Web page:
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Solve log4 32=x+2. Can someone please help me solve this?

Mathematics
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4 is the base of log.
\[\log _{4}32=x+2\]
To solve for x Subtract 2 on both sides

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Other answers:

So, log4 30=x?
Change it to the exponential form. Tell me what you see
I think my way is easier :p try this first ^
4^(x+2)=32 do you know how to get that?
No I don't :/
okay, look at this http://www.google.ca/imgres?num=10&um=1&hl=en&safe=off&biw=1312&bih=784&tbm=isch&tbnid=U5kYdBmihVLWHM:&imgrefurl=http://people.richland.edu/james/lecture/m116/logs/logs.html&docid=kxHBLrjVjENnqM&imgurl=http://people.richland.edu/james/lecture/m116/logs/log2.gif&w=305&h=298&ei=ckm9T5yVDYnG6AGlmrhR&zoom=1&iact=hc&vpx=180&vpy=140&dur=1829&hovh=222&hovw=227&tx=183&ty=65&sig=112104045567003345819&sqi=2&page=1&tbnh=145&tbnw=148&start=0&ndsp=25&ved=1t:429,r:0,s:0,i:69
\[\log_432=x+2\] -2 -2 \[\log_432-2=x\]
The whole point of logs, is that they were "made" to "Solve for" an exponent. So if I had an expression that was 2^x=100, the only way to "find x" is to use logarithms. How? You can re-write any exponential equation to look like a logarithm, and vise versa.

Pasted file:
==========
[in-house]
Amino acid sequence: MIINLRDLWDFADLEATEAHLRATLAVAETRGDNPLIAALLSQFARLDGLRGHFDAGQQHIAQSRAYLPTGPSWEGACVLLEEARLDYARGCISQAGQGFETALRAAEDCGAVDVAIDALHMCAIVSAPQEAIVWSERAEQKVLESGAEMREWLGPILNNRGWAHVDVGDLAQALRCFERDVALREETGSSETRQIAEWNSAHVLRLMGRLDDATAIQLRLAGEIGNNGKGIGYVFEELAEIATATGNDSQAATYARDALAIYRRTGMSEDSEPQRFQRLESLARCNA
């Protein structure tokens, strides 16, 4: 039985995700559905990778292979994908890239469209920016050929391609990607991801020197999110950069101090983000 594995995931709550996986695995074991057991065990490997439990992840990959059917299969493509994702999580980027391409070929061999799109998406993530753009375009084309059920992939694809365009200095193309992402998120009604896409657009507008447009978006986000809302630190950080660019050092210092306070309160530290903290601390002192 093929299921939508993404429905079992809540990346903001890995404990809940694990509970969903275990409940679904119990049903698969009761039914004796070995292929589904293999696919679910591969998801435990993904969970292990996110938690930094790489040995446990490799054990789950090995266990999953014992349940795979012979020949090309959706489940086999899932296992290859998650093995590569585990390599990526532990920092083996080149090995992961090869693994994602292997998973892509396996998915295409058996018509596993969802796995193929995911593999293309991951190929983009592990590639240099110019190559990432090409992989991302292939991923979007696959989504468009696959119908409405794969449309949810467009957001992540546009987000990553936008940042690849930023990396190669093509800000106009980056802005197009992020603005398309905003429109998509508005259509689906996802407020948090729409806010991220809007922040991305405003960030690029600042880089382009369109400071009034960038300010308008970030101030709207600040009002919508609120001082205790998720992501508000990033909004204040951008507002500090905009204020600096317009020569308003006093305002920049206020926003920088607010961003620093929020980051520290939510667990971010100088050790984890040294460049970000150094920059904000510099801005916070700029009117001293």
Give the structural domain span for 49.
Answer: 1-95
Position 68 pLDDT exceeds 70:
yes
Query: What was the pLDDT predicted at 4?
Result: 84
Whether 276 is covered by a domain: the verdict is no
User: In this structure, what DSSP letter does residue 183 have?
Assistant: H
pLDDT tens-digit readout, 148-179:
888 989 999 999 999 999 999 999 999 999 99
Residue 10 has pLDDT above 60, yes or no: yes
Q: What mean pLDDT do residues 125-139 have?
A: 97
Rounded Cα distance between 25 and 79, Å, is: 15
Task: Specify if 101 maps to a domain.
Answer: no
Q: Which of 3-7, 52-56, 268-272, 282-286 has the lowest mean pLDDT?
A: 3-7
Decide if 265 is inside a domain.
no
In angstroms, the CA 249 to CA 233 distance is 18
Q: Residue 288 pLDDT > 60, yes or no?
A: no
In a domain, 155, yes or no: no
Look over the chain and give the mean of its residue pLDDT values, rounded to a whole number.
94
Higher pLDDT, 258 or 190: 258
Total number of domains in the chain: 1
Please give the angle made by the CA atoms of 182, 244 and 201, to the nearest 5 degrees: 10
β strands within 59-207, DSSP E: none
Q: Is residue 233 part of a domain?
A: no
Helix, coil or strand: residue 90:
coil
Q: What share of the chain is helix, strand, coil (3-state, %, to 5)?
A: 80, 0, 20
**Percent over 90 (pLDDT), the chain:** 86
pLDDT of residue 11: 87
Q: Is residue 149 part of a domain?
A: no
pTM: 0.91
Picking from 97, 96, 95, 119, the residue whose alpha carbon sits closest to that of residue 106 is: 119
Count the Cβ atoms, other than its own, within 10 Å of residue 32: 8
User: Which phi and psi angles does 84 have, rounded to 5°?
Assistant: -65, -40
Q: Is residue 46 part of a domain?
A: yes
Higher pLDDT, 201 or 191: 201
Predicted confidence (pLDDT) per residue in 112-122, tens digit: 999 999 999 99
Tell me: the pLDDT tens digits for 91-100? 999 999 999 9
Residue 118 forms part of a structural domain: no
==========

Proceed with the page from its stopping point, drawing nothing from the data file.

To go from log to exponential, you need to write the "answer" as the EXPONENT of the BASE. 4 is the base of the log, so write x+2 as the exponent of 4. 4^(x+2)
and what does that equal? Well you only have one number left; the number you were taking the log of. 32. This is a basic skill you need to learn :) Writing logs as exponentials, and writiing exponentials as logs.
Now if you want to simplify \[\log_432\] I would say let g equal that so we have \[g=\log_432\] writing in exponential form we get \[4^g=32\] g=3 doesn't work b/c 4(4)(4)=16(4)=64 g=3/2 doesn't work b/c (4)^(3/2)=2^3=8 g=5/2 works b/c (4)^(5/2)=2^5=32 Booyah! :) So that means \[\log_4(32)=\frac{5}{2}\] So what does that mean x equals or simplifies to?
You could just use your calculator though instead of that method right there sometimes that method will be too difficult to use
A good formula to remember is the change of base formula \[\frac{\ln(a)}{\ln(b)}=\log_b(a)\]
\[4^{x+2}=32 \] So how do you solve this? There's a trick you'll probably have to often use: you need express both numbers as the same base! You can probably tell that 4 is simply 2^2, and 32 is 2^5 That's what I mean by "the same base" So once you do that, you've got this: \[2^{2(x+2)}=2^{5}\] Once you have something looking like that, you can solve for x! You simply "ignore" the "big" 2s, and you get 2(x+2)=5 solve for x now, and you get 0.5, or 1/2 :)
using my way we get \[\frac{5}{2}-2=x\]
Remember since \[\log_4(32)=\frac{5}{2}\]
The trick to these is: 1. writing it in exponential form (learn to do this!! you'll use it all the time) 2. Expressing both sides of your new (but equilivant to the log expression) equation with the same bases. 3."zooming in" on the exponents, ignoring the "big numbers" (which are now the same) and solving for x like a regular algebra problem.
myininaya i like your solution, it's just that I'm close to the asker's age, I think, and I remember that this is the particular way they want these questions done, even if it is a drag , lol
they=the teachers

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